The 2024 Summer Olympics in Boston? A group of business leaders is beginning the talk.

Coal companies are hiring environmental activists to promote exports to Asia, Governing reports.

The Weekly Standard makes the case to tax the country’s estimated 2 million non-profit organizations. The story comes on the heels of Jacob Lew, President Obama’s new treasury secretary, saying the administration may once again seek to cap charitable deductions.

The New York Times contrasts the rebounding fortunes of Detroit’s anchor corporations with the city’s continued financial struggles.


Despite opposition from two neighborhood groups, a new charter school in Lowell wins approval, the Sun reports.

Oberlin College, a bastion of liberalism, is shut down for a day as hate-speech incidents plague the campus, the Wall Street Journal reports.


The Salem News, in an editorial, applauds a new state report that draws attention to what one lawmaker is calling the “epidemic” of Lyme disease. Learn in this recent CommonWealth story about the behind-the-scenes struggle over the portion of the report dealing with antibiotic treatment for Lyme.

The New England Journal of Medicine has a survey that shows the majority of program directors and would-be doctors don’t like the residency restrictions on hours and duties put in place nationally in 2011 to reduce errors and fatigue and think they’ve done little to improve patient safety. Via Not Running a Hospital blog.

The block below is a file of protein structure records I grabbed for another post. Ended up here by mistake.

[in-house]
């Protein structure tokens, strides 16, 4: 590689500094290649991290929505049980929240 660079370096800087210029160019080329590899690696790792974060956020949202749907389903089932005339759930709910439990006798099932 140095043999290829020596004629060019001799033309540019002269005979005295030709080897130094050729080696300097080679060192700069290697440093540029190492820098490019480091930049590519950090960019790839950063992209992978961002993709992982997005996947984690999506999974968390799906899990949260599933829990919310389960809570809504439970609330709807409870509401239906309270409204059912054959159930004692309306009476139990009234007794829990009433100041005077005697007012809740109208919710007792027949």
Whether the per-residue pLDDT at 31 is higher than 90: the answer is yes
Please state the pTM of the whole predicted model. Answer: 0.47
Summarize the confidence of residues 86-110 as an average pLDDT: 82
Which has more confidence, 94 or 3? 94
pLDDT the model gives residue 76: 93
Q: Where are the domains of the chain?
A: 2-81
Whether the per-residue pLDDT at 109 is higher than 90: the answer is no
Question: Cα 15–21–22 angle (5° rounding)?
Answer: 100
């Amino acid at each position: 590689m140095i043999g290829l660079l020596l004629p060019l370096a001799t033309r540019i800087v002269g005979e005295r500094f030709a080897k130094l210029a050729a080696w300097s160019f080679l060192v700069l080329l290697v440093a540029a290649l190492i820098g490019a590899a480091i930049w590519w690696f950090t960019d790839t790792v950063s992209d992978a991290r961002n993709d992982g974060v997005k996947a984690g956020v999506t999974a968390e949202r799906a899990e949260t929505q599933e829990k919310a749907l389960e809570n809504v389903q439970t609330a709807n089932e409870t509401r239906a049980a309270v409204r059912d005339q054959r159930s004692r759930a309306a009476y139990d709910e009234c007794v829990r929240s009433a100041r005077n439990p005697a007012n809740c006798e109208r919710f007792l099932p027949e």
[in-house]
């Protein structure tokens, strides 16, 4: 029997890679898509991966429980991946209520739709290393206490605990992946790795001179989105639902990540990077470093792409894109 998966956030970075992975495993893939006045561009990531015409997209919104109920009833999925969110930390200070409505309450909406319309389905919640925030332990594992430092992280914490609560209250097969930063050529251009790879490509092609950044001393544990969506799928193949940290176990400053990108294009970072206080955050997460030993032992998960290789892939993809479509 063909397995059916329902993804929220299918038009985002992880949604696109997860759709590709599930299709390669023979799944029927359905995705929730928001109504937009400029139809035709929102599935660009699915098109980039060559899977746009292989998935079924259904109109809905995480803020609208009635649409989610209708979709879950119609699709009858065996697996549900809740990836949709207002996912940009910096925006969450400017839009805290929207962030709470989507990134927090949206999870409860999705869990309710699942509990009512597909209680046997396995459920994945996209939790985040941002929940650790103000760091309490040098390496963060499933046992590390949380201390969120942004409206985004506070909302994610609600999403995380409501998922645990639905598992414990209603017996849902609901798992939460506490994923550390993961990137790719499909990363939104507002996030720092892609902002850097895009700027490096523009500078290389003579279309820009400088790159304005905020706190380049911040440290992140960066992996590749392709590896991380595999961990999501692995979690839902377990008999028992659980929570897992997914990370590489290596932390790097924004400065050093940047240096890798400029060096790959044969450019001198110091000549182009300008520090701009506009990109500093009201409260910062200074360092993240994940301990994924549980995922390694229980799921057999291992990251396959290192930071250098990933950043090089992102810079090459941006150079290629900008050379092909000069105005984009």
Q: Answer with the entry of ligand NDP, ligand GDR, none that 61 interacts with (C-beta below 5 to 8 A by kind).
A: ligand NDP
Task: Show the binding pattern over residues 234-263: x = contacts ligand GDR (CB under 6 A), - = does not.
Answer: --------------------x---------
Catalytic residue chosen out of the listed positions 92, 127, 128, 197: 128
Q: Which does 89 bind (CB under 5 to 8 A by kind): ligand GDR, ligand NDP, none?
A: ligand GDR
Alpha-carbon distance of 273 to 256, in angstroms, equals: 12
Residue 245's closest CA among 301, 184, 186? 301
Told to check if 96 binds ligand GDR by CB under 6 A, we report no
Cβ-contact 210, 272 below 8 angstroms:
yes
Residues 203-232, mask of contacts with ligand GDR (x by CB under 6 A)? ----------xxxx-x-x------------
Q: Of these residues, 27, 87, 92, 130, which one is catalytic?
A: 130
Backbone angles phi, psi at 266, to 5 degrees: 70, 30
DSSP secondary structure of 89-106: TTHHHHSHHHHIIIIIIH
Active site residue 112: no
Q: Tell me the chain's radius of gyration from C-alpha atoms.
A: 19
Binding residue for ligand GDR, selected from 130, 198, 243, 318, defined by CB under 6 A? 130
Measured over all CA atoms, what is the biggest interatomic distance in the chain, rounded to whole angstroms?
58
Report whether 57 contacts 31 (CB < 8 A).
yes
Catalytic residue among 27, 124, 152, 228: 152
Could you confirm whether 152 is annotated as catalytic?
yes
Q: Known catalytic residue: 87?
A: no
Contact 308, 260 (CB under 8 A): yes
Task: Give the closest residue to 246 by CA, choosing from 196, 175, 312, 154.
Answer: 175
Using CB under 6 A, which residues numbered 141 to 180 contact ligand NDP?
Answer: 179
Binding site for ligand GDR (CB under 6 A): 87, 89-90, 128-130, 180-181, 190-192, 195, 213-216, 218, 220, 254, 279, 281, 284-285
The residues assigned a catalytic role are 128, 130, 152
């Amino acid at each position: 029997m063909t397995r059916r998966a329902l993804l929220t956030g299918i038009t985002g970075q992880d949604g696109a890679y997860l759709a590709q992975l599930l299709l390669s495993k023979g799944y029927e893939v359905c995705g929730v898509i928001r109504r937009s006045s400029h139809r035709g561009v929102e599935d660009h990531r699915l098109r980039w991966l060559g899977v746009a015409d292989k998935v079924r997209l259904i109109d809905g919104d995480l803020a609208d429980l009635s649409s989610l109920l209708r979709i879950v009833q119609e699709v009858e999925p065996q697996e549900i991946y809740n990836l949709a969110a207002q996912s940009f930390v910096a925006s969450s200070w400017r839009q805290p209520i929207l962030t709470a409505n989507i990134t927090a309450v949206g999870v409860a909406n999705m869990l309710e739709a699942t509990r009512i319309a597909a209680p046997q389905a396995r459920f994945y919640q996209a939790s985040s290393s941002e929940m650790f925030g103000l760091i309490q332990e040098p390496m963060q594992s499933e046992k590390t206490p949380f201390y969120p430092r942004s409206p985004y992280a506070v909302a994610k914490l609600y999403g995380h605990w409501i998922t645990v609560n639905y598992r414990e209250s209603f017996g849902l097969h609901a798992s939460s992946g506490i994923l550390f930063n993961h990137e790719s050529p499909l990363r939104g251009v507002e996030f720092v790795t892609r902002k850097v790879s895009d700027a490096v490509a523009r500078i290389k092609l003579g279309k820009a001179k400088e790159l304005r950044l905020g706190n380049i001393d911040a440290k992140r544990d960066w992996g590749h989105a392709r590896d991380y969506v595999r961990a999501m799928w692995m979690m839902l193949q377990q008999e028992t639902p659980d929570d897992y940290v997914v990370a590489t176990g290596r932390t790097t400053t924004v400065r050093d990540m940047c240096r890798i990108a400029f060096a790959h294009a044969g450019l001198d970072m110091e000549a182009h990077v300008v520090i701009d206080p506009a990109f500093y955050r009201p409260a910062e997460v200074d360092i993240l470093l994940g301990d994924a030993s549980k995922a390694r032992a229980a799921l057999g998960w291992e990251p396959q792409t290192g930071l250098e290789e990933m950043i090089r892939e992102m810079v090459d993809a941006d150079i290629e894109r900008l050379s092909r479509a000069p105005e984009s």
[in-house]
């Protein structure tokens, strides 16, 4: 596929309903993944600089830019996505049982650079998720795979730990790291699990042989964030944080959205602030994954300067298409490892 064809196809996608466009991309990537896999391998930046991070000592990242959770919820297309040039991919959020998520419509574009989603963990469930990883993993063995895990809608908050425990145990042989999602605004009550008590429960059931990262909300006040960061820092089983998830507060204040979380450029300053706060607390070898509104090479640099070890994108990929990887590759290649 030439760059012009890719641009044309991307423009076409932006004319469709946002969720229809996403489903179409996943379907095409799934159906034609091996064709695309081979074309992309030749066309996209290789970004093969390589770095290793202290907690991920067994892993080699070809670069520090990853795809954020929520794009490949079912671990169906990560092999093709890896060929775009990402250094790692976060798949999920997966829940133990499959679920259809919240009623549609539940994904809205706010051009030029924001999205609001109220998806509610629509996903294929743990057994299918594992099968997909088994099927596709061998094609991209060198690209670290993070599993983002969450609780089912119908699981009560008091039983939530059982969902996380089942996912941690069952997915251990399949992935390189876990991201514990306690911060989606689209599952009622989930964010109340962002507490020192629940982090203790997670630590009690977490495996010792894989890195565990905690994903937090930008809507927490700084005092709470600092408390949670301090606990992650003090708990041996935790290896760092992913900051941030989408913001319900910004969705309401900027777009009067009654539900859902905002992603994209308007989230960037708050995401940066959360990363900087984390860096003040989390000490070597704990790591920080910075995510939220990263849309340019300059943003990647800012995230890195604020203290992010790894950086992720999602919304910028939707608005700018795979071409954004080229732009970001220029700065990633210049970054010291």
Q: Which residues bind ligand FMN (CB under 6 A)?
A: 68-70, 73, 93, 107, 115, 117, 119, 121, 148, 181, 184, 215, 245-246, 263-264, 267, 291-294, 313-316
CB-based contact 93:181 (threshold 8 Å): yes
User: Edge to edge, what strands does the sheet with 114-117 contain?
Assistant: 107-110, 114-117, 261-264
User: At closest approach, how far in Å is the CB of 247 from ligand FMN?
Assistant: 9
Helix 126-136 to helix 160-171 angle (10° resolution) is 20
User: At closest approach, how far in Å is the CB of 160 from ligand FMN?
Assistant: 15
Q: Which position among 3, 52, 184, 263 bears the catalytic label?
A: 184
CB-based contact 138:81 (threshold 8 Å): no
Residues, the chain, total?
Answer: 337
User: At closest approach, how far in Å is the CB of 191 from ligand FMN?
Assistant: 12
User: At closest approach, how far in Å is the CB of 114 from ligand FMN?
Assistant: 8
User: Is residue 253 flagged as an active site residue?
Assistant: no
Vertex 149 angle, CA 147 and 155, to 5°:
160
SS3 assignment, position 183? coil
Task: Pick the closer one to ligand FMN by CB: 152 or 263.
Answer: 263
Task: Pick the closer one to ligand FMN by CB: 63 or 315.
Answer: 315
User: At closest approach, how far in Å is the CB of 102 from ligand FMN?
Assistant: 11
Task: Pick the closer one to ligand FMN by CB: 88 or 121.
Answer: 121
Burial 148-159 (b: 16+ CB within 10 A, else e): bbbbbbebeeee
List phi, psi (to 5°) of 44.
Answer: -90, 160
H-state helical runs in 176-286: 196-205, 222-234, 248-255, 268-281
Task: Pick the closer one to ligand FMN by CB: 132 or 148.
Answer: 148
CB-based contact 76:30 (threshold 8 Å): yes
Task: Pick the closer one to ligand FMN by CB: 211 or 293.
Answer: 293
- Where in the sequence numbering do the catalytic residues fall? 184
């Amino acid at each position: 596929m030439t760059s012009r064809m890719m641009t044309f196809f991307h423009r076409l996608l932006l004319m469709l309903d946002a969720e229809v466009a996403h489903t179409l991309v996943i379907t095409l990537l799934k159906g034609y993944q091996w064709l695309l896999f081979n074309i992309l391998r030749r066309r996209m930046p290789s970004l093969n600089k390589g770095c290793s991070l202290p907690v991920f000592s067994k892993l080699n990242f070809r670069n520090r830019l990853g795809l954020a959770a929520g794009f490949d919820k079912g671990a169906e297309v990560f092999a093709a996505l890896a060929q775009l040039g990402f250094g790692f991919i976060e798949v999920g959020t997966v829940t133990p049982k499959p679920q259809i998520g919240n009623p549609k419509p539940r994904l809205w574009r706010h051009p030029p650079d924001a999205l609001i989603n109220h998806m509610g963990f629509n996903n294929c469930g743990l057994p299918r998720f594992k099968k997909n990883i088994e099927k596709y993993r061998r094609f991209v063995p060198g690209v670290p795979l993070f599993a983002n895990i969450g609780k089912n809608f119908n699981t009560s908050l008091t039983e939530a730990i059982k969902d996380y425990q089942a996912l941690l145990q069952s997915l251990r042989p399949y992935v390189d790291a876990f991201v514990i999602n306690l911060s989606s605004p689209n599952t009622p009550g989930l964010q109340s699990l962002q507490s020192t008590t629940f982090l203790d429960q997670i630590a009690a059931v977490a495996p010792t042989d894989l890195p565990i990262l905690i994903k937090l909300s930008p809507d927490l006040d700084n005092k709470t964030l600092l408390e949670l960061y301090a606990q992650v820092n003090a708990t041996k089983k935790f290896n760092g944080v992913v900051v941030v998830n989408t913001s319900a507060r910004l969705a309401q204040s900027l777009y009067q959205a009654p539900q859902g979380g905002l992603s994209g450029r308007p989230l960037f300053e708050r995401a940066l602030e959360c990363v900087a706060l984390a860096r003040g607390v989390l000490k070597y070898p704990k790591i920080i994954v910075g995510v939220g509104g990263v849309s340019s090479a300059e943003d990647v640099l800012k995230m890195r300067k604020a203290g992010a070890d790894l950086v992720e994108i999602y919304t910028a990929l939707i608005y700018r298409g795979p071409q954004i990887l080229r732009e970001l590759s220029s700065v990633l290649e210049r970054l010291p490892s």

Protesters push Texas Gov. Rick Perry to reverse his opposition to a Medicaid expansion under Obamacare.


Lt. Gov. Tim Murray and Worcester officials go to New York to make another pitch to JetBlue about starting flights out of Worcester Regional Airport, the Telegram & Gazette reports.


Salem Mayor Kim Driscoll is pushing mandatory recycling, the Salem News reports.

An independent study on Quincy’s energy savings in public buildings during a controversial contract with Honeywell shows an overall decline in energy usage over the course of the contract. The dispute had triggered an investigation by the attorney general’s office and a $4 million payment from Honeywell to settle the fight.


Minnesota’s sex offender program, which relies heavily on treatment after prison terms are completed, is facing court challenges claiming the program amounts to an unconstitutional life sentence, the Star-Tribune reports.

An Eagle-Tribune story about a police dog that accidentally fired a pistol he was searching for is going viral, the E-T reports.

A Lynn Pop Warner football coach is arrested in a prostitution sting, the Item reports.


Gov. Deval Patrick says he hasn’t given any thought to the push for a state rock song, with some pushing the Modern Lovers’  “Roadrunner” and others pushing Aerosmith’s “Dream On.” In fact, the apparently not-so-hip gov says he isn’t even sure whether he knows either song, the Republican reports.